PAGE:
Some manufacturers are addressing this problem with “peace silk,” which comes from harvesting the cocoons from wild silkworms after they have been abandoned. Lower supplies and higher production costs make this a far more expensive fabric, though.

3. Bamboo

Fast-growing, naturally resistant to pests, and well-suited to a variety of growing conditions, bamboo is making big strides in the sustainable fabric industry today. Another advantage is that bamboo is rarely impacted by clear-cutting for harvesting, as new shoots will continue to pop up from the same root system.

One big concern with bamboo textiles is that it is difficult to assess their quality. Most of the world’s commercially grown bamboo comes from China, and there are few environmental regulations associated with it. This means that large swaths of natural forests are cut down for its cultivation, and farmers often load up the crop with synthetic fertilizers to further boost their harvests.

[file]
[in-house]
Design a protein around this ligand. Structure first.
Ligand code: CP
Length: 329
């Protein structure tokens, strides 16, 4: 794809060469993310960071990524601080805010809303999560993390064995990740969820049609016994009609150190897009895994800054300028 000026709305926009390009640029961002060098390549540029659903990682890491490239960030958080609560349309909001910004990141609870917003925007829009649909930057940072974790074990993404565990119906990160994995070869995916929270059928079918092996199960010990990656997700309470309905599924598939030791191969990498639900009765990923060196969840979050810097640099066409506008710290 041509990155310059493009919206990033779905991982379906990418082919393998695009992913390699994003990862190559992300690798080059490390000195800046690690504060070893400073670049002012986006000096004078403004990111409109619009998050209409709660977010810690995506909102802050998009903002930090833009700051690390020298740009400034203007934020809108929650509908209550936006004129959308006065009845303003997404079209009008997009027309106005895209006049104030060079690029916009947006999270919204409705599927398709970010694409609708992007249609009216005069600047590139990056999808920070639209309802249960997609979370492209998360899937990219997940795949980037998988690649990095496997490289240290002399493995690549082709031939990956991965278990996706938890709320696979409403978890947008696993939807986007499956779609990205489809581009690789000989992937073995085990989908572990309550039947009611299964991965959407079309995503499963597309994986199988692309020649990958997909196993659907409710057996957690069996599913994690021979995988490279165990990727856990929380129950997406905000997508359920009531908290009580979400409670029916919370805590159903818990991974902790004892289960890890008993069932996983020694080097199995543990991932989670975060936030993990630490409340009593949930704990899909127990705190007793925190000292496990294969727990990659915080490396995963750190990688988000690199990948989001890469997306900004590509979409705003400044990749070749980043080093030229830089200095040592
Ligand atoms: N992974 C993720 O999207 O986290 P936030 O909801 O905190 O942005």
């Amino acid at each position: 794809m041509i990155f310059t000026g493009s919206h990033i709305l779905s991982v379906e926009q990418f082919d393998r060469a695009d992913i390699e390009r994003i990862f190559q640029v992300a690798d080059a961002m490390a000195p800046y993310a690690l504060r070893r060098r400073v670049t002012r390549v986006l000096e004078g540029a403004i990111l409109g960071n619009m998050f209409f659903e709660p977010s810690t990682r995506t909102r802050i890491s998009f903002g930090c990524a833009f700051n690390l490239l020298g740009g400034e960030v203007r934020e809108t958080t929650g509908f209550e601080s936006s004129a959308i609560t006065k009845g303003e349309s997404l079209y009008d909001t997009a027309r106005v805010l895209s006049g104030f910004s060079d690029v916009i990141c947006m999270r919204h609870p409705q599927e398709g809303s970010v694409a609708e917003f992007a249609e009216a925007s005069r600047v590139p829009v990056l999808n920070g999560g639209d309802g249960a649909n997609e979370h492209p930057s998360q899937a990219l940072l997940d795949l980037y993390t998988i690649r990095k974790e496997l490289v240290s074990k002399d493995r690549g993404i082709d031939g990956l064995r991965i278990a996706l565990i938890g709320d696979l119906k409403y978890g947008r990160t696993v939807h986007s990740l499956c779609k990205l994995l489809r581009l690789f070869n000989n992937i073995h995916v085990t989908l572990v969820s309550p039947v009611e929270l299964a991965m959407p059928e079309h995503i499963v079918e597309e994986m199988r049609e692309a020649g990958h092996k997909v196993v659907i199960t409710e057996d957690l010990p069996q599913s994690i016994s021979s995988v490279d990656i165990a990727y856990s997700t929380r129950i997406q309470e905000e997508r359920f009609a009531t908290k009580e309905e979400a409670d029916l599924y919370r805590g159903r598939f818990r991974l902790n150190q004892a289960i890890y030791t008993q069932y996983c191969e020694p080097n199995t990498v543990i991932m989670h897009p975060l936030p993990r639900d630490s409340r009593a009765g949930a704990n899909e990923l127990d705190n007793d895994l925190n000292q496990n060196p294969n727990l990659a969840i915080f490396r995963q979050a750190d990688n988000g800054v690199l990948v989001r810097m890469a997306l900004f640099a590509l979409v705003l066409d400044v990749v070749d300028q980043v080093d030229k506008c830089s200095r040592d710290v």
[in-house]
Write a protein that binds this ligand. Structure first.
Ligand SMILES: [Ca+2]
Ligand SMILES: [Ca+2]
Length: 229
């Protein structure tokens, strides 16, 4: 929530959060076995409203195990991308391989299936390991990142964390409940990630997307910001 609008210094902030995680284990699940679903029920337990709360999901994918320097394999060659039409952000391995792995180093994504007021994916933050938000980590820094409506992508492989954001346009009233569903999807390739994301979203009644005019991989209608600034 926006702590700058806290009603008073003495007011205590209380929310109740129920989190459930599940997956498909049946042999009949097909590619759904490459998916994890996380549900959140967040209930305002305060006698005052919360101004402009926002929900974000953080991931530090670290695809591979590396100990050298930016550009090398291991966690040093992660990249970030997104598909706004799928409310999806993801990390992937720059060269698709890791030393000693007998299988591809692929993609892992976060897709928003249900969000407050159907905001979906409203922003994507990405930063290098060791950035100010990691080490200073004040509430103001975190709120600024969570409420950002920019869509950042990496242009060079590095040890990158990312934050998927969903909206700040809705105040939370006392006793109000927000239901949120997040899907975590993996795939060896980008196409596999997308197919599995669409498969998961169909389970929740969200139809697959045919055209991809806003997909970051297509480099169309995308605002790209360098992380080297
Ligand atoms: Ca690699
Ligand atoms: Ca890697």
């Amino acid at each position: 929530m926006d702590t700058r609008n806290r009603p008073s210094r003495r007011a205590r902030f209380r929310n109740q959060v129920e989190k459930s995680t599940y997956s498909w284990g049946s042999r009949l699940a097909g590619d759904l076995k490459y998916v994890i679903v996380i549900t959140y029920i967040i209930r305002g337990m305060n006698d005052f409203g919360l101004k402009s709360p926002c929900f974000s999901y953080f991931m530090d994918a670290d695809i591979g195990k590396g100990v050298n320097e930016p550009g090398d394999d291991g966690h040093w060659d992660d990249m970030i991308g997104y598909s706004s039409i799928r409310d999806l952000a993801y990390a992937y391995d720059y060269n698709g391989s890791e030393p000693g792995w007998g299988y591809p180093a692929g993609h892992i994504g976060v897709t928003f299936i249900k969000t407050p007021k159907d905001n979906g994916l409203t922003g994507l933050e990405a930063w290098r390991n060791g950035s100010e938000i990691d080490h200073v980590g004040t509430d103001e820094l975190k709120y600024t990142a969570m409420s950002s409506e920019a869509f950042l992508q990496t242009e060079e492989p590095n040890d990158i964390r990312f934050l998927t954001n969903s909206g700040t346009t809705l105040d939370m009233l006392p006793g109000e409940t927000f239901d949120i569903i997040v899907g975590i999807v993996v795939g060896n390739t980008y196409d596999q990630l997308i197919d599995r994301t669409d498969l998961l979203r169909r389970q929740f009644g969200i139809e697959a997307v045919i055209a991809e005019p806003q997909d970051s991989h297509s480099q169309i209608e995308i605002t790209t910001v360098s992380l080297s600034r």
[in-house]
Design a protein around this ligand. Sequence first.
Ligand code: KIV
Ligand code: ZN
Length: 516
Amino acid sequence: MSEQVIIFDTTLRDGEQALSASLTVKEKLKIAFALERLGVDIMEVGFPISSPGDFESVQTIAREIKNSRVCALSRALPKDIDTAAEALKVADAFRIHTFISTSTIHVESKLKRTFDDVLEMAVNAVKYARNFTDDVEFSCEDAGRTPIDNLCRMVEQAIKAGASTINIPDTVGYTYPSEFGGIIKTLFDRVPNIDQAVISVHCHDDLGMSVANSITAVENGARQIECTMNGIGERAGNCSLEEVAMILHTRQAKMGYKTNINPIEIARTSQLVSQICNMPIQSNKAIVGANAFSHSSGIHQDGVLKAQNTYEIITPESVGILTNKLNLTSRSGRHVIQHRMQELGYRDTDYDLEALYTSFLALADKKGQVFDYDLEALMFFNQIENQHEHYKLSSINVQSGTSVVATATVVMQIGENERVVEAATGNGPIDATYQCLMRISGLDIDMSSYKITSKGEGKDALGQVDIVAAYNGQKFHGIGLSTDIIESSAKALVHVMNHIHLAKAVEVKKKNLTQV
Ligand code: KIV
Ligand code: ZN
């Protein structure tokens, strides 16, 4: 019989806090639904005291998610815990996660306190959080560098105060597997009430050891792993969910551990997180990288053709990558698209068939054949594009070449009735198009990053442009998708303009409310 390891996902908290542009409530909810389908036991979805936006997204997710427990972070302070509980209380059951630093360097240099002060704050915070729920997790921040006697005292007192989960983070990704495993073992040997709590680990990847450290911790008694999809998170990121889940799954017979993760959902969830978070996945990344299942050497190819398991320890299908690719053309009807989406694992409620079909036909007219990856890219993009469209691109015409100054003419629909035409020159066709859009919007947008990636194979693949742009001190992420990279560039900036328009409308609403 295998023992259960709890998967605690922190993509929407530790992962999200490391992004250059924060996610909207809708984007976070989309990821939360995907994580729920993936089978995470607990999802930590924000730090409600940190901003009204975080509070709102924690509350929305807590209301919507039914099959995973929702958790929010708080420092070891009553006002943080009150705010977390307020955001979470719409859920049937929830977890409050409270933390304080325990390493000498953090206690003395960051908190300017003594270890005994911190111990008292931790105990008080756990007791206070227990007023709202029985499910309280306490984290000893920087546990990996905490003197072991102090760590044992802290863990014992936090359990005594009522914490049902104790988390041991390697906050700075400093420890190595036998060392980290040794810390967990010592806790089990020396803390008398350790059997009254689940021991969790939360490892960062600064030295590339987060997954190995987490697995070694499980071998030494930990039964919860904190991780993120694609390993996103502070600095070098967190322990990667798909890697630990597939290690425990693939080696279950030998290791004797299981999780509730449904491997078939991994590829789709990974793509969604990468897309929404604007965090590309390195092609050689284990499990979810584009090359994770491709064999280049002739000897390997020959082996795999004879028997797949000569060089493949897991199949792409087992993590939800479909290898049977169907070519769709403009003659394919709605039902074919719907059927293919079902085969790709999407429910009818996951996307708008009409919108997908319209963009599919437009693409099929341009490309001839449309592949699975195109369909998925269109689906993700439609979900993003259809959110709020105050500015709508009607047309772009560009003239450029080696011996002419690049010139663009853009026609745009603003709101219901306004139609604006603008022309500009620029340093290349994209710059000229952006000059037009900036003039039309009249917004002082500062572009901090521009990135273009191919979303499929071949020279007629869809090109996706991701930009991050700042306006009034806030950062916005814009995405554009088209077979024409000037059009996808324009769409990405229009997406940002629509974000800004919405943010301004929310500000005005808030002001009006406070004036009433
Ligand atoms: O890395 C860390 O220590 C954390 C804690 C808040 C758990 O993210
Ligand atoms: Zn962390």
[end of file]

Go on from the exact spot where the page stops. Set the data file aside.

There are also problems from a production standpoint. It takes a lot of lye and other harsh chemicals to render bamboo fibers soft enough to turn into a fabric, and many can cause health problems for both people and the environment.

4. Wool

Wool has been a fashion choice for over 10,000 years, and today remains one of the most sustainable fabrics available. Sheep often graze on pastures not suitable for other types of agriculture, and their wool is a renewable, biodegradable material that tends to last decades longer than other natural fibers.